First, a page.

Some of my LIGO colleagues have used the same software framework to develop Einstein@home, which invites the public to search radio data for pulsars, spinning neutron stars that emit pulses of radio signals. Successful participants, non-scientist citizens who detected pulses from these spinning stars, then co-authored journal papers sharing the discovery of a new pulsar.
So now we are inviting the public to do what humans are especially good at: recognizing patterns. Our data in LIGO includes all sorts of weird patterns due to noise caused by various environmental contaminations (e.g. ground motion) or instrumental glitches. Using Gravity Spy, everyday citizens can now be involved in classifying these artifacts, enabling us to tune up our data analysis algorithms, and thus making it possible for us to detect ever more distant astrophysical events.
Now back to the current LIGO O3 observing run and open public alerts. Our discoveries are made public with a delay of less than an hour. We are working on a better public interface, but at present, you can start by heading to the Gravitational Wave Open Science Center.
Once there, click on the “Software” tab near the top to go to “Web Apps.”
Then select “Public Alerts” where you can choose “Latest” or “All Alerts.”
From the latter, you can get more information on any of our public alerts, most of which are candidates for mergers of binary black hole (BBH) systems.
You will also see a map of the candidate event’s location in the universe. We say “candidate” because we cannot fully vet the legitimacy of events in a few minutes. The fully vetted events will appear in a publication down the road.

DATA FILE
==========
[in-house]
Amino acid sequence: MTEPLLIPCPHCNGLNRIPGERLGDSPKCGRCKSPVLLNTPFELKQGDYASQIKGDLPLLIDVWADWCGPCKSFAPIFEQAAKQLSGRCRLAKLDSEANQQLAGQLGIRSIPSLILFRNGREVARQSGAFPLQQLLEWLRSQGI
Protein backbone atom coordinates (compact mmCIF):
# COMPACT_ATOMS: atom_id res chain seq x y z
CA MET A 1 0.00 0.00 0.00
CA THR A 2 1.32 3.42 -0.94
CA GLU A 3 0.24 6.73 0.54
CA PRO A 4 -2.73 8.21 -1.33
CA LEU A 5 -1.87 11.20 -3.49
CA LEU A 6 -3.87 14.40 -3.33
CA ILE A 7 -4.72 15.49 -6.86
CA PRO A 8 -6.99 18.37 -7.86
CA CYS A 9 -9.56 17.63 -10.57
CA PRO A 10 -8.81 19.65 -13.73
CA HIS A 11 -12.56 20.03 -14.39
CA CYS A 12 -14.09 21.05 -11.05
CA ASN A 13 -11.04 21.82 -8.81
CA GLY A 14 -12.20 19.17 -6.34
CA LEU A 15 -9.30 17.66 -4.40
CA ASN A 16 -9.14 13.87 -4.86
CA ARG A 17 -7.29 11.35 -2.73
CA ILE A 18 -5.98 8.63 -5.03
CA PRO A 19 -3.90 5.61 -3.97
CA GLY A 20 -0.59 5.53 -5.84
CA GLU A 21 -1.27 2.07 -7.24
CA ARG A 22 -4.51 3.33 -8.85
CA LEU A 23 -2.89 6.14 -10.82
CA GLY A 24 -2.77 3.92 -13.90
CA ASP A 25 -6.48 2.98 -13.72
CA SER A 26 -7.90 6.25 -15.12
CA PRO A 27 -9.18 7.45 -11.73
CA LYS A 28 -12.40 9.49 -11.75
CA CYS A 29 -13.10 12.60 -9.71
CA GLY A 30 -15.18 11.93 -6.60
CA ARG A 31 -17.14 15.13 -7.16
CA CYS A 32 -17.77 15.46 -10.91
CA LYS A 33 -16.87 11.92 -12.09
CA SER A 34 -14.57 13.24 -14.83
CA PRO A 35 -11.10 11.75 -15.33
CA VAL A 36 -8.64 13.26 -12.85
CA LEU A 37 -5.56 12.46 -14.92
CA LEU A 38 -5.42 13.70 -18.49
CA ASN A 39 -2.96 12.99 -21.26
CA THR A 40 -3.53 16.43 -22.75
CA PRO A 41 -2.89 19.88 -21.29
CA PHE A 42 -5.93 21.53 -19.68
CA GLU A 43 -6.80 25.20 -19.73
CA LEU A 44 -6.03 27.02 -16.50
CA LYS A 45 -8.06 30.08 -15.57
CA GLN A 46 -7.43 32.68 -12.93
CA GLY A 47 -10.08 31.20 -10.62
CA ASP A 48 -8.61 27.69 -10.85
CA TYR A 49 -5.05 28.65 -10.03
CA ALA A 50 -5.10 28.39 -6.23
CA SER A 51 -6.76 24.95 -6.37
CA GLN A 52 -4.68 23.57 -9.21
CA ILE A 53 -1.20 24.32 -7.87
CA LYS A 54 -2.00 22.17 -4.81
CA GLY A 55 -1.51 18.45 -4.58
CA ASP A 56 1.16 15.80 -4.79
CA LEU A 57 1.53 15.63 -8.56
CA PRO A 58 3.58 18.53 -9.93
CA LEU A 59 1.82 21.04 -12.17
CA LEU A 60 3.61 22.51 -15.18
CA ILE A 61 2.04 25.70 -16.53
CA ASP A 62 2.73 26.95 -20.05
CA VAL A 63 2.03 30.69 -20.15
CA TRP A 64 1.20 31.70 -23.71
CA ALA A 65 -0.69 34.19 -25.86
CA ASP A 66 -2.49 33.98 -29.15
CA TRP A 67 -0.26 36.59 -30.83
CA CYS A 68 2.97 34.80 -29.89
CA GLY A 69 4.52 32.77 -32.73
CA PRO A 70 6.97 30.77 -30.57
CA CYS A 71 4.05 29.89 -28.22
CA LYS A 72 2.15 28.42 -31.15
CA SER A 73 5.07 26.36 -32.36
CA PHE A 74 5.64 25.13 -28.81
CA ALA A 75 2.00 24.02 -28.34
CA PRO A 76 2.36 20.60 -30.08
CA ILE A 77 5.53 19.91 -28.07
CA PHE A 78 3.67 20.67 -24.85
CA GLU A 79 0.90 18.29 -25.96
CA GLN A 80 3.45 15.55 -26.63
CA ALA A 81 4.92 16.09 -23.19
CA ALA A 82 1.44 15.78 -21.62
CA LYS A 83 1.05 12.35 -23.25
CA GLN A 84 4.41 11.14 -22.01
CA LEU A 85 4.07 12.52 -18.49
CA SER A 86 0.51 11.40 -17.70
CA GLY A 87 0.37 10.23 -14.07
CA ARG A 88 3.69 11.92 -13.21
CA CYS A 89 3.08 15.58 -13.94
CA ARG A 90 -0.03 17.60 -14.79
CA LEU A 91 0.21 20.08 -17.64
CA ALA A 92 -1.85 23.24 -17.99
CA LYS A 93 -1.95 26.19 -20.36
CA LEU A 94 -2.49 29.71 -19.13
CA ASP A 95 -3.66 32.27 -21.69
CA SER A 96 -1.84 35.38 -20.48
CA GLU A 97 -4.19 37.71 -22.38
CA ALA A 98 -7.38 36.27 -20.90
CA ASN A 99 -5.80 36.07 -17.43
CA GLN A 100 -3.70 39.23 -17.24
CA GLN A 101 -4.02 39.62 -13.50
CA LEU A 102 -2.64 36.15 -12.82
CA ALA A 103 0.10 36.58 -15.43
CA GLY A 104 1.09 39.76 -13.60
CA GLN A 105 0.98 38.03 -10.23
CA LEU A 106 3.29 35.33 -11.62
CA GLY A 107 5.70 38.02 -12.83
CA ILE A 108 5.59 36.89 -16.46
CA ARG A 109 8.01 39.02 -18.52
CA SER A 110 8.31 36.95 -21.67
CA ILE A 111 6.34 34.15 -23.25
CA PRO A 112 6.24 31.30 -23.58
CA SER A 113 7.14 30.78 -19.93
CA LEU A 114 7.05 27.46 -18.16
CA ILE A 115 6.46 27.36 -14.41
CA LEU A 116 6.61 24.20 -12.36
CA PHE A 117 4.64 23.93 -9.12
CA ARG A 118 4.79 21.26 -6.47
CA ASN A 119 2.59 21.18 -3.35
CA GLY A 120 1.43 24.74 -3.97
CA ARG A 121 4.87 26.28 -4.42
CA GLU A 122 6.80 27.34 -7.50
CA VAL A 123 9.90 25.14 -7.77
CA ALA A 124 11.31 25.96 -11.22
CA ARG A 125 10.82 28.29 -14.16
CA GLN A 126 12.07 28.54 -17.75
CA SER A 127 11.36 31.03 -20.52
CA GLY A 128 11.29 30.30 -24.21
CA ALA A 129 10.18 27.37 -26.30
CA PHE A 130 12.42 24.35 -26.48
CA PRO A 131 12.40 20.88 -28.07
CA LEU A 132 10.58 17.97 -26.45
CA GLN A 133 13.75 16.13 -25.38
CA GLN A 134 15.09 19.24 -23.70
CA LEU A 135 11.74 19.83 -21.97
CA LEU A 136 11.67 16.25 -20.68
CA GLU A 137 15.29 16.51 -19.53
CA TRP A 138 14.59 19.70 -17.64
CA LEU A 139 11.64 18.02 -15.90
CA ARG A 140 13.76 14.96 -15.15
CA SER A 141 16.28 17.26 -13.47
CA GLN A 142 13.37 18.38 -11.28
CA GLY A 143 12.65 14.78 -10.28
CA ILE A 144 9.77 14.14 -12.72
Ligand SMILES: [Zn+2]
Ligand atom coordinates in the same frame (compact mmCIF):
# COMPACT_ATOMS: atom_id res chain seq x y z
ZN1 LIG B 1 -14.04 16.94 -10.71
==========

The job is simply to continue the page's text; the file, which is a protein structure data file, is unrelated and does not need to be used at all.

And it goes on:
Our expectation is that 90% of the candidates will be
The others are some kind of noise excursion. The alerts actually give the “betting odds” for the type of event: BBH, BNS (binary neutron star merger), BH-NS merger, or Noise.
You can even get the alerts sent to your phone. And the same page can also take you to the Gravity Spy interface. Or if you really want to go deep, there are links to download software where individuals can analyze the LIGO raw data, which we make available when the events are finally published. (Numerous high schools and universities, including the University of Oregon, use this software and data to illustrate data analysis techniques.)
NASA has long championed public outreach. This has undoubtedly helped with their funding, which, by the way, comes from the public. But the National Science Foundation (NSF) has really pushed for the practice and legitimacy of citizen science and for releasing scientific data to the public, insisting that “the public owns the data.” As LIGO is funded by the NSF, we are obliged to provide public data releases. Citizen Science is here to stay. Here are some other fun places to check out: Earth Sky’s citizen scientist discoveriesPhys.org’s news: DIY gravitational waves with BlackHoles@HomeBlackHoles@Home I’ll sign off now but I would be interested to hear if artists agree with my statement at the top of this column that in art the artist is the creator. Or is the creative process perhaps more complicated than that? I’m reminded of the line from Amadeus, where Salieri laments that Mozart is simply “taking dictation” when putting the notes to paper.
Raymond Frey (b. 1956) holds a Ph.D. from the University of California at Riverside. He joined the University of Oregon faculty in 1989 where his field of research focuses on gravitational wave astronomy and experimental high energy physics and astrophysics.
Dr. Frey leads the University of Oregon’s team in the National Science Foundation-supported LIGO project. Visit the University of Oregon website to see Frey talk about his team’s detection of a gravitational wave ~ an event predicted 100 years ago by Albert Einstein’s general theory of relativity.
For more on Frey’s research in Gravitational Wave Detection and Astrophysics, please visit his website.
Also enjoy my Combustus interview with Dr. Frey, “Sifting Through Stardust: Conversations with Astrophysicist Raymond Frey.”
Readers who would like their questions considered for a future Astroblast column are invited to inbox us their questions on the Combustus Facebook fan page.
And look for these and other topics in near-future Astroblast posts:
What does a black hole really look like?
The new multi-messenger astronomy.
Are we alone in the universe?